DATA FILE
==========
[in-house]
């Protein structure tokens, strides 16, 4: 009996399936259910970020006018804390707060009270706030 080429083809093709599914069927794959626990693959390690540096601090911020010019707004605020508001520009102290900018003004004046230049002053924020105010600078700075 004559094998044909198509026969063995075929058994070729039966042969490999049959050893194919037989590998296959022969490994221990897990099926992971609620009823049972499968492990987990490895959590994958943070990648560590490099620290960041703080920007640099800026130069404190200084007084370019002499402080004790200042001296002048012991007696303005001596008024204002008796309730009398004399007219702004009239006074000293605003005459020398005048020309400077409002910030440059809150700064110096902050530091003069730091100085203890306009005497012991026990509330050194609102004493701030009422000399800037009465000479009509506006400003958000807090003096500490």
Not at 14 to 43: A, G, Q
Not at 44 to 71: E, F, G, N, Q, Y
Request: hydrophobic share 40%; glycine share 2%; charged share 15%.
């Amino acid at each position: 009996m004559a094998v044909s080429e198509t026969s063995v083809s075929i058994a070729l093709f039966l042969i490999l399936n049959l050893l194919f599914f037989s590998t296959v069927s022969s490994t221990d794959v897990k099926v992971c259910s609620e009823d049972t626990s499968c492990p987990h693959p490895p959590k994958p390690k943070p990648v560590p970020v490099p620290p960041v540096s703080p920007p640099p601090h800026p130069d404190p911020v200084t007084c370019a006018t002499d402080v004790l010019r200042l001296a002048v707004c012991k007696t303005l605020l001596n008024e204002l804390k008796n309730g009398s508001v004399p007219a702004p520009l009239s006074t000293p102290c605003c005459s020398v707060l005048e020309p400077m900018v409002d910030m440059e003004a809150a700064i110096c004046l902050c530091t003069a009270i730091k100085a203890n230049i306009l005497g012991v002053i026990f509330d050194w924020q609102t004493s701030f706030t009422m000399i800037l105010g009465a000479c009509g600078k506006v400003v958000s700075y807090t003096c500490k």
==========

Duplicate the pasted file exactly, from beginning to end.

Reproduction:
[in-house]
């Protein structure tokens, strides 16, 4: 009996399936259910970020006018804390707060009270706030 080429083809093709599914069927794959626990693959390690540096601090911020010019707004605020508001520009102290900018003004004046230049002053924020105010600078700075 004559094998044909198509026969063995075929058994070729039966042969490999049959050893194919037989590998296959022969490994221990897990099926992971609620009823049972499968492990987990490895959590994958943070990648560590490099620290960041703080920007640099800026130069404190200084007084370019002499402080004790200042001296002048012991007696303005001596008024204002008796309730009398004399007219702004009239006074000293605003005459020398005048020309400077409002910030440059809150700064110096902050530091003069730091100085203890306009005497012991026990509330050194609102004493701030009422000399800037009465000479009509506006400003958000807090003096500490």
Not at 14 to 43: A, G, Q
Not at 44 to 71: E, F, G, N, Q, Y
Request: hydrophobic share 40%; glycine share 2%; charged share 15%.
């Amino acid at each position: 009996m004559a094998v044909s080429e198509t026969s063995v083809s075929i058994a070729l093709f039966l042969i490999l399936n049959l050893l194919f599914f037989s590998t296959v069927s022969s490994t221990d794959v897990k099926v992971c259910s609620e009823d049972t626990s499968c492990p987990h693959p490895p959590k994958p390690k943070p990648v560590p970020v490099p620290p960041v540096s703080p920007p640099p601090h800026p130069d404190p911020v200084t007084c370019a006018t002499d402080v004790l010019r200042l001296a002048v707004c012991k007696t303005l605020l001596n008024e204002l804390k008796n309730g009398s508001v004399p007219a702004p520009l009239s006074t000293p102290c605003c005459s020398v707060l005048e020309p400077m900018v409002d910030m440059e003004a809150a700064i110096c004046l902050c530091t003069a009270i730091k100085a203890n230049i306009l005497g012991v002053i026990f509330d050194w924020q609102t004493s701030f706030t009422m000399i800037l105010g009465a000479c009509g600078k506006v400003v958000s700075y807090t003096c500490k």